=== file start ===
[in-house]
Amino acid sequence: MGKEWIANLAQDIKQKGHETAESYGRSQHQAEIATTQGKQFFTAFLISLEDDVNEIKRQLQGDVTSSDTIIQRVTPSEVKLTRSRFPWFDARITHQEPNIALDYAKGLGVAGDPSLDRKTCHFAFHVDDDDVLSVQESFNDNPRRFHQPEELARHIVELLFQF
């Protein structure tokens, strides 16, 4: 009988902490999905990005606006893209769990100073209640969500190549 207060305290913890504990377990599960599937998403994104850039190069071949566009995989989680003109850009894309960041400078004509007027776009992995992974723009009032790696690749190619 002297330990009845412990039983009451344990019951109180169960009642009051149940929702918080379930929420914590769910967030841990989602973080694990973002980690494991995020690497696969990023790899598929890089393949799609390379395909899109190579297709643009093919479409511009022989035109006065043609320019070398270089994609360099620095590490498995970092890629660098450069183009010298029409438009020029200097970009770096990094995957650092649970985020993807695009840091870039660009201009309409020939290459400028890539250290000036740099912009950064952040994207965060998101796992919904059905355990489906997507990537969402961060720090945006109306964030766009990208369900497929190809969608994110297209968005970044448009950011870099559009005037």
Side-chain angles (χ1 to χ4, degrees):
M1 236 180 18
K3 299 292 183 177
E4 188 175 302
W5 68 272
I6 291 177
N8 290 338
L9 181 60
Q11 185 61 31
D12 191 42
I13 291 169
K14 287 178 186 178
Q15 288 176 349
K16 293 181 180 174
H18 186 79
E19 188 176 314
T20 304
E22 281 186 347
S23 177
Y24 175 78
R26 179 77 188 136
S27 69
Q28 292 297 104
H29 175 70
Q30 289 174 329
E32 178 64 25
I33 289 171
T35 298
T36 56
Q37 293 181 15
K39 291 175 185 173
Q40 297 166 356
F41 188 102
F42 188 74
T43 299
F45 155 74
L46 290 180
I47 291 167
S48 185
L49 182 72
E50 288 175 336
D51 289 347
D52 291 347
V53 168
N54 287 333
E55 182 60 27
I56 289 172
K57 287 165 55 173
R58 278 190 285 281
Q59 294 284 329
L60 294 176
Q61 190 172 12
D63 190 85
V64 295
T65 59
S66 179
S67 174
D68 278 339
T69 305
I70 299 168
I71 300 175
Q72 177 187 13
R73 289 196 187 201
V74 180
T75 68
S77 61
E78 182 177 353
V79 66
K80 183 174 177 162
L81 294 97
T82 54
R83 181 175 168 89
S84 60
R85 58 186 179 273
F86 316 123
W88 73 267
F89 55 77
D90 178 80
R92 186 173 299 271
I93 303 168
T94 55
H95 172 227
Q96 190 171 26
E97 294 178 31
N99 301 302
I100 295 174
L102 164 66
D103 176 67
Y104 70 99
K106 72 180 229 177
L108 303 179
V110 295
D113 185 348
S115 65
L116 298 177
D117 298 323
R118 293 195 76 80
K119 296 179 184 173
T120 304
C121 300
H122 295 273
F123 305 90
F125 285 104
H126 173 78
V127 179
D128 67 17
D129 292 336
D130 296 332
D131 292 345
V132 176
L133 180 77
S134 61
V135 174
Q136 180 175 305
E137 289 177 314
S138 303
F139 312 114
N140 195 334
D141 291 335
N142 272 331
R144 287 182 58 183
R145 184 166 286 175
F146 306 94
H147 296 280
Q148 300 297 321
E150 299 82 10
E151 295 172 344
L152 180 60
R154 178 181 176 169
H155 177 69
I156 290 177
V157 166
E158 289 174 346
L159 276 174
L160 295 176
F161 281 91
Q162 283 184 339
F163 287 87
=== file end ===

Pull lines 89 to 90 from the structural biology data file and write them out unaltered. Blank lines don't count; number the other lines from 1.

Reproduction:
I100 295 174
L102 164 66